Getting frank with Joe Rokocoko
You could argue that Joe Rokocoko (pronounced rock-o-tho-ko) is the missing link between John Kirwin and Jonah Lomu, balancing the former’s sheer pace and flair with the later’s strength and warrior spirit determination. With his own significant helping of grace added to the equation. An ingratiatingly down to earth guy in the flesh, Joe was one of the youngest All Blacks in history – and one of the most prolific try-scorers. Young Roks, as his team mates call him, got the call up for national duties a week after turning 20 – before he’d even had a chance to represent his provincial side.
At six foot two and ninety eight kilograms, he’s certainly bloomed since he was brought into this world as Josevata Taliga Rokocoko in tropical Nadi (pronounced Nandi), Fiji on June 6, 1983. Aged five, Joe and his family were uprooted by his father to go look for work in the slightly less tropical and considerably more metropolitan Auckland, New Zealand.
Joe diligently worked his way through Papakura High School until receiving a scholarship to go to St Kentigern College in Pakuranga. His career as a schoolboy rugby player was notable, one of a select group that’s represented New Zealand in under-16s, under-19s and and under-21, including playing in all four matches of the under-19 side that won the Junior World Cup in Chile in 2001. Then on June 14 2003, after playing for the Blues in the Super 12, Rokocoko slid on his first All Blacks jersey for a series against England. Tryless in his first game, Roks quickly set about demolishing try-scoring records like an F-16 fighter jet strafing a convoy of mini-motor bikes. Ruthlessly.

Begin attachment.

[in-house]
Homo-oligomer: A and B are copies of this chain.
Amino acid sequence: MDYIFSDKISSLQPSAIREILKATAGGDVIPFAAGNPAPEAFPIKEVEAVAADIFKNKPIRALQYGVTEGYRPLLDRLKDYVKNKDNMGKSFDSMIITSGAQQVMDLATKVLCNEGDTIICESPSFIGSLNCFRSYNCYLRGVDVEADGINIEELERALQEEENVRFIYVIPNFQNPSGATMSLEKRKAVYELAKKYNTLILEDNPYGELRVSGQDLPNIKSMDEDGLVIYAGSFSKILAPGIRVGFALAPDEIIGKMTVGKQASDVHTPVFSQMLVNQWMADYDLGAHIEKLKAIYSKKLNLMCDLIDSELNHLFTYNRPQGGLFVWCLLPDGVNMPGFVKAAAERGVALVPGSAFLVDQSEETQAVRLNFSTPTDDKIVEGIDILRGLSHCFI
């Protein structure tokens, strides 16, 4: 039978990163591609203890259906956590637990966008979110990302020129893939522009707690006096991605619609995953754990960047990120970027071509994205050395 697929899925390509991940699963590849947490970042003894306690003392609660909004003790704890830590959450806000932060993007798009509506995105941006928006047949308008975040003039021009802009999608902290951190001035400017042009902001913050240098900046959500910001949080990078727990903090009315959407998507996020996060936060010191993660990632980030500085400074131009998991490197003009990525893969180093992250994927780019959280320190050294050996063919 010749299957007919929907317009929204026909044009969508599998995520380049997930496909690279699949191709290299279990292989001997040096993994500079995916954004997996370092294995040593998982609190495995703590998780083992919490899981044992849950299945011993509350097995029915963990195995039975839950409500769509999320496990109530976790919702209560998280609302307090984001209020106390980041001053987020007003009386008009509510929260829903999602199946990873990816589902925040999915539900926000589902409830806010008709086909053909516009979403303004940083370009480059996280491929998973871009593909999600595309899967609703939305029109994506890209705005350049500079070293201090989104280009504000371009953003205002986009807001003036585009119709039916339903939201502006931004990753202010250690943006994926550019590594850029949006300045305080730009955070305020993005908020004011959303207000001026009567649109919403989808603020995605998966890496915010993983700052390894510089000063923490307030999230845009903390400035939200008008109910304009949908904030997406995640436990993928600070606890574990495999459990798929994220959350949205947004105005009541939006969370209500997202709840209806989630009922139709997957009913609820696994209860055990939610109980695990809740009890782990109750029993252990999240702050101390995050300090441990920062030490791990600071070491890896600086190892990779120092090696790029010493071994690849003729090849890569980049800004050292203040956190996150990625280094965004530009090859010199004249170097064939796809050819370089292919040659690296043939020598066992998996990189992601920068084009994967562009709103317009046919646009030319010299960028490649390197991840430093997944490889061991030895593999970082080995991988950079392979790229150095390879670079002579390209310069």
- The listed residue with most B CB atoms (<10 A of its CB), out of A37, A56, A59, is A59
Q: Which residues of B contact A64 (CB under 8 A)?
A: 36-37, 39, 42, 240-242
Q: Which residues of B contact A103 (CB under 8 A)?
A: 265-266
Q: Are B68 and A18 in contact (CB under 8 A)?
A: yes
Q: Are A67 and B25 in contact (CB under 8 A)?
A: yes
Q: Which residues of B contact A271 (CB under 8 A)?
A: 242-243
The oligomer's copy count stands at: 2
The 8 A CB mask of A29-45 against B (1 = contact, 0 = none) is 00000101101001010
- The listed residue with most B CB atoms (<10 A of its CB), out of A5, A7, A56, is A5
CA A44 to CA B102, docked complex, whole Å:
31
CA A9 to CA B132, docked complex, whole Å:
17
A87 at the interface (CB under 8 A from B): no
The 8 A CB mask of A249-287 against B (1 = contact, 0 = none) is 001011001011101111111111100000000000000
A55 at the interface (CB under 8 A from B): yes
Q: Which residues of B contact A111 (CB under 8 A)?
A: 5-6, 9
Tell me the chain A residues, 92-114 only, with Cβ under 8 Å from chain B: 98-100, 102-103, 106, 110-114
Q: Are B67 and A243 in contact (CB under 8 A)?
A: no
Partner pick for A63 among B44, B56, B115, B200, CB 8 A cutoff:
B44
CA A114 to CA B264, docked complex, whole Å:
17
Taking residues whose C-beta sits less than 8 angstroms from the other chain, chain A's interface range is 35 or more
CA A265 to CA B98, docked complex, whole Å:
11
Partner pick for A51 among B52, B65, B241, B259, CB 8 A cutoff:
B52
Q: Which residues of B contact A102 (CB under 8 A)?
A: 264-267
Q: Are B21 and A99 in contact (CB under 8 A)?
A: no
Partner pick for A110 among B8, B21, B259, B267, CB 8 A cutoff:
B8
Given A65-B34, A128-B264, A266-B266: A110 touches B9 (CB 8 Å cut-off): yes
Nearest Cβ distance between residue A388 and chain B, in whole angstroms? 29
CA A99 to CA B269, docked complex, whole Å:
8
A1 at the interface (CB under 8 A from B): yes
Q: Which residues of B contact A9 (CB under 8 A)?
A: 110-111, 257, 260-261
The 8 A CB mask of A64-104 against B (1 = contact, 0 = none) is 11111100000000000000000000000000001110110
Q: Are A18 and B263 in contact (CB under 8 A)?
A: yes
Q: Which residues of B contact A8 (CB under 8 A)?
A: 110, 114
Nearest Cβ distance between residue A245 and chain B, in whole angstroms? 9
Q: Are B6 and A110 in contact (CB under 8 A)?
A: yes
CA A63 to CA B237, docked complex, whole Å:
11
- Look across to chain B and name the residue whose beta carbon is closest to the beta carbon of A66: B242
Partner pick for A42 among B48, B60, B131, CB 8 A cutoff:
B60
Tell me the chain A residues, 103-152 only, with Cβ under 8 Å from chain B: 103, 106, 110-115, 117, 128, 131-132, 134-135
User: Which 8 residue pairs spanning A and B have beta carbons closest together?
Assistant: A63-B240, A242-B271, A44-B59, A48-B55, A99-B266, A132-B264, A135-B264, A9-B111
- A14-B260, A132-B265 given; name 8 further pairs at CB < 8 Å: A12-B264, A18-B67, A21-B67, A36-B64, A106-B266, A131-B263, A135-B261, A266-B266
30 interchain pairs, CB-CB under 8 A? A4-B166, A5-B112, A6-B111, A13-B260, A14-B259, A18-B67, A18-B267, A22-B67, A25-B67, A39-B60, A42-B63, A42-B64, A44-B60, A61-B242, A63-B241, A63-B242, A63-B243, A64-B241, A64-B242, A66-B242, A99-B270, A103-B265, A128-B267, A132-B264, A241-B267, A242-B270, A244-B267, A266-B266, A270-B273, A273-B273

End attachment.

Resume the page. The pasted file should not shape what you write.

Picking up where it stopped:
Ruthless is a word that never comes to mind as a descriptor of Rokocoko in his presence, but his statistics speak volumes that his persona doesn’t. In the second game against England on June 19 – he scored a hat trick. Then he scored another hat trick that season (he’s scored three hat tricks so far). He proceeded to break the All Black record for the most tries scored in a single season, (jointly held by Lomu & Christian Cullen) and did it in his debut year, with seventeen tries in twelve tests - equalling the world record held by Daisuke Ohata of Japan. He then upped that to twenty five tries scored in his first 20 tests. 2003 new player of the year as voted by the IRB Players Association. Not a bad entrance to world rugby you might say.
Profile: Joe Rokocoko
As from the end of the 2006 season Josevata has scored 35 tries in 39 test matches. He’s 23. Barring injury he could theoretically go on to terrorise the next three Rugby World Cups including this year’s , so if you’re betting on him to continue breaking records you won’t be alone.
It must be an unusual feeling to come out of nowhere, just your normal everyday ‘Joe’, and set world records throughout your debut season. Joe demurs, “I don’t really think of it like that, but when you keep playing later on in the year, you do. Because when you’re young you don t think about it much. You think, ‘oh it’s cool’. But later on you think it’s something special, I mean it’s something that is written; you’ve achieved something.”